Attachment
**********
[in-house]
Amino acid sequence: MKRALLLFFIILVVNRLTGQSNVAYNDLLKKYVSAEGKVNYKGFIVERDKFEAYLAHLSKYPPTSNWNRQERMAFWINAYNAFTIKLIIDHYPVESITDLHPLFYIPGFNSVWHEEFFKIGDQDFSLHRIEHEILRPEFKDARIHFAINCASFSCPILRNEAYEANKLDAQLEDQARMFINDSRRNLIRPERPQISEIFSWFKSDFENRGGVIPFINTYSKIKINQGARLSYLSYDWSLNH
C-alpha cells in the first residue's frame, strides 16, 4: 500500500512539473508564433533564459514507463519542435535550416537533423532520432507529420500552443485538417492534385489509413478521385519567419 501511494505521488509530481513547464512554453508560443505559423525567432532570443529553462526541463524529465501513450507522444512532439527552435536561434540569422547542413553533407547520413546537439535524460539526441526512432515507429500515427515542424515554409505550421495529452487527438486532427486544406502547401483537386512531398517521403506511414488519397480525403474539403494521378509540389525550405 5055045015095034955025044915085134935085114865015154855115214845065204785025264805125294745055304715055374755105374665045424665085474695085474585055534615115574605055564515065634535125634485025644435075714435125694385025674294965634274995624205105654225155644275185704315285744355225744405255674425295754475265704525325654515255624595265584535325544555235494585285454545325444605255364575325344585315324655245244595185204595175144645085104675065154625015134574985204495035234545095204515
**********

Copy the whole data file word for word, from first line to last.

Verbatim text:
[in-house]
Amino acid sequence: MKRALLLFFIILVVNRLTGQSNVAYNDLLKKYVSAEGKVNYKGFIVERDKFEAYLAHLSKYPPTSNWNRQERMAFWINAYNAFTIKLIIDHYPVESITDLHPLFYIPGFNSVWHEEFFKIGDQDFSLHRIEHEILRPEFKDARIHFAINCASFSCPILRNEAYEANKLDAQLEDQARMFINDSRRNLIRPERPQISEIFSWFKSDFENRGGVIPFINTYSKIKINQGARLSYLSYDWSLNH
C-alpha cells in the first residue's frame, strides 16, 4: 500500500512539473508564433533564459514507463519542435535550416537533423532520432507529420500552443485538417492534385489509413478521385519567419 501511494505521488509530481513547464512554453508560443505559423525567432532570443529553462526541463524529465501513450507522444512532439527552435536561434540569422547542413553533407547520413546537439535524460539526441526512432515507429500515427515542424515554409505550421495529452487527438486532427486544406502547401483537386512531398517521403506511414488519397480525403474539403494521378509540389525550405 5055045015095034955025044915085134935085114865015154855115214845065204785025264805125294745055304715055374755105374665045424665085474695085474585055534615115574605055564515065634535125634485025644435075714435125694385025674294965634274995624205105654225155644275185704315285744355225744405255674425295754475265704525325654515255624595265584535325544555235494585285454545325444605255364575325344585315324655245244595185204595175144645085104675065154625015134574985204495035234545095204515